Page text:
OSHA sets 2017, 2018 compliance deadlines in final silica exposure rule

Sources: Occupational Safety and Health Administration; CP staff

As indicated in initial proposals to revise and harmonize respirable silica dust thresholds for general industry and construction worksites, OSHA maintains limits—25 and 50 micrograms per cubic meter of air, averaged over an eight-hour shift—for action levels and offering workers medical surveillance, respectively, in its final Occupational Exposure to Respirable Crystalline Silica rule.

In addition to lowering the crystalline permissible exposure limit (PEL), the agency reports, the final rule, released March 24:

  • Requires employers to use water, ventilation or other engineering controls and work practices to limit worker exposure; provide respiratory protection when controls are not able to limit exposures to the PEL; limit access to high exposure areas; train workers; and provide medical exams to highly exposed workers.
  • Provides greater certainty and ease of compliance to construction employers, including smaller contractors and builders, with a table of specified controls they can follow to be in compliance, without having to monitor exposures.
  • Staggers compliance dates to ensure employers have sufficient time to meet the requirements, e.g., extra time for all general industry employers to offer medical surveillance to employees exposed between the PEL and 50 micrograms per cubic meter and the action level of 25 micrograms per cubic meter.

The final rule is written as separate standards. Employers covered by the construction version have until June 23, 2017 to comply with most requirements; those subject to the general industry and maritime version have another year. OSHA officials foresee the new rule curbing lung cancer, silicosis, plus chronic obstructive pulmonary and kidney disease in workers.

“More than 80 years ago, Labor Secretary Frances Perkins identified silica dust as a deadly hazard and called on employers to fully protect workers,” says Secretary of Labor Thomas Perez. “This rule will save lives. It will enable workers to earn a living without sacrificing their health. It builds upon decades of research and a lengthy stakeholder engagement process—including the consideration of thousands of public comments—to finally give workers the kind of protection they deserve and that Frances Perkins had hoped for them.”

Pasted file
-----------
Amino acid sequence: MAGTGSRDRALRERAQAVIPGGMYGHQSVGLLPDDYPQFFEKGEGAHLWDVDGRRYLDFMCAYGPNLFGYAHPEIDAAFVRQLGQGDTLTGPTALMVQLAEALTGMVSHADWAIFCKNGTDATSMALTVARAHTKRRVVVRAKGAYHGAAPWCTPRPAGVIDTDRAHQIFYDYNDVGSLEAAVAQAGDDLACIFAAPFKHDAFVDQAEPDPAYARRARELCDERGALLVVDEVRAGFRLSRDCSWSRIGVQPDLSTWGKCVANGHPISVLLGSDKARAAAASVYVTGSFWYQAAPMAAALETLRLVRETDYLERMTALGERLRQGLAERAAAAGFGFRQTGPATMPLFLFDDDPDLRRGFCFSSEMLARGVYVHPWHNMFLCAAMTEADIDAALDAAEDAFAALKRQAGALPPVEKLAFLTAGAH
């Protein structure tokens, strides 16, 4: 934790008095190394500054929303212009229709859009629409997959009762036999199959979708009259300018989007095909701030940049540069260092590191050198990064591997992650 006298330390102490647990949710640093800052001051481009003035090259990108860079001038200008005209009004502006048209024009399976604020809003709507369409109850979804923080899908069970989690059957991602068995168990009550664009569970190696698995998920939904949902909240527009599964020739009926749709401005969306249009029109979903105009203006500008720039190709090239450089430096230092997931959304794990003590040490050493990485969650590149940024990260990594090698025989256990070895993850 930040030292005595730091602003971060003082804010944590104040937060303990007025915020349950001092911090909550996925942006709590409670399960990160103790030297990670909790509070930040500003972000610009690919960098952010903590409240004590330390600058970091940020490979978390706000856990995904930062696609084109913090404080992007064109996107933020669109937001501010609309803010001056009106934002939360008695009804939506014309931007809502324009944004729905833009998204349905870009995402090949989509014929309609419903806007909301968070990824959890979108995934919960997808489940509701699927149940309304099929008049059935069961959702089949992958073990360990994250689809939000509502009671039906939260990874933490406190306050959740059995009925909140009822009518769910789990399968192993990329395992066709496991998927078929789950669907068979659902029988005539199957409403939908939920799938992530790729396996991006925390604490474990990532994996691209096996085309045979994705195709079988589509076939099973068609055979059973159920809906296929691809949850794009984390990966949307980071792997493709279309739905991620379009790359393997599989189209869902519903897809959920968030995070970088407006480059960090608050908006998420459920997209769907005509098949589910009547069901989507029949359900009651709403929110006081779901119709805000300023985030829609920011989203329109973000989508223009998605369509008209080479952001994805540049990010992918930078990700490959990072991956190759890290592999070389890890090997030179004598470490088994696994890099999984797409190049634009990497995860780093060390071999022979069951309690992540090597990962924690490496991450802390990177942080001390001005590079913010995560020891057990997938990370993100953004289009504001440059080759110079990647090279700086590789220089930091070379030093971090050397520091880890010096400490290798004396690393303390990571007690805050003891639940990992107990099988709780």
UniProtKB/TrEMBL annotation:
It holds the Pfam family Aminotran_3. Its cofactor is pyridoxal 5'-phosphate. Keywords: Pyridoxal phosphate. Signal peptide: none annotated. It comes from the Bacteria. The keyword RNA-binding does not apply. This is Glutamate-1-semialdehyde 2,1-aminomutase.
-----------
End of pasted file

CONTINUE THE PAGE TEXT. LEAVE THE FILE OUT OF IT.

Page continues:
“The previous exposure limits were outdated and did not adequately protect workers,” adds Assistant Secretary of Labor for Occupational Safety and Health Dr. David Michaels. “Limiting exposure to silica dust is essential. Every year, many exposed workers not only lose their ability to work, but also to breathe. We are taking action to bring worker protections into the 21st century in ways that are feasible and economical for employers to implement.”

About 2.3 million men and women face exposure to respirable crystalline silica in their workplaces, including two million construction workers who drill and cut silica-containing materials such as concrete and stone, and 300,000 workers in operations such as brick manufacturing, foundries and hydraulic fracturing. OSHA notes that most employers can limit harmful dust exposure by using equipment that is widely available, generally using water to keep dust from getting into the air or a ventilation system to capture dust where it is created.

The agency estimates that when fully effective, the final Occupational Exposure to Respirable Crystalline Silica rule will a) save more than 600 lives and prevent more than 900 new cases of silicosis annually; and, b) provide an estimated $7.7 billion in net benefits per year.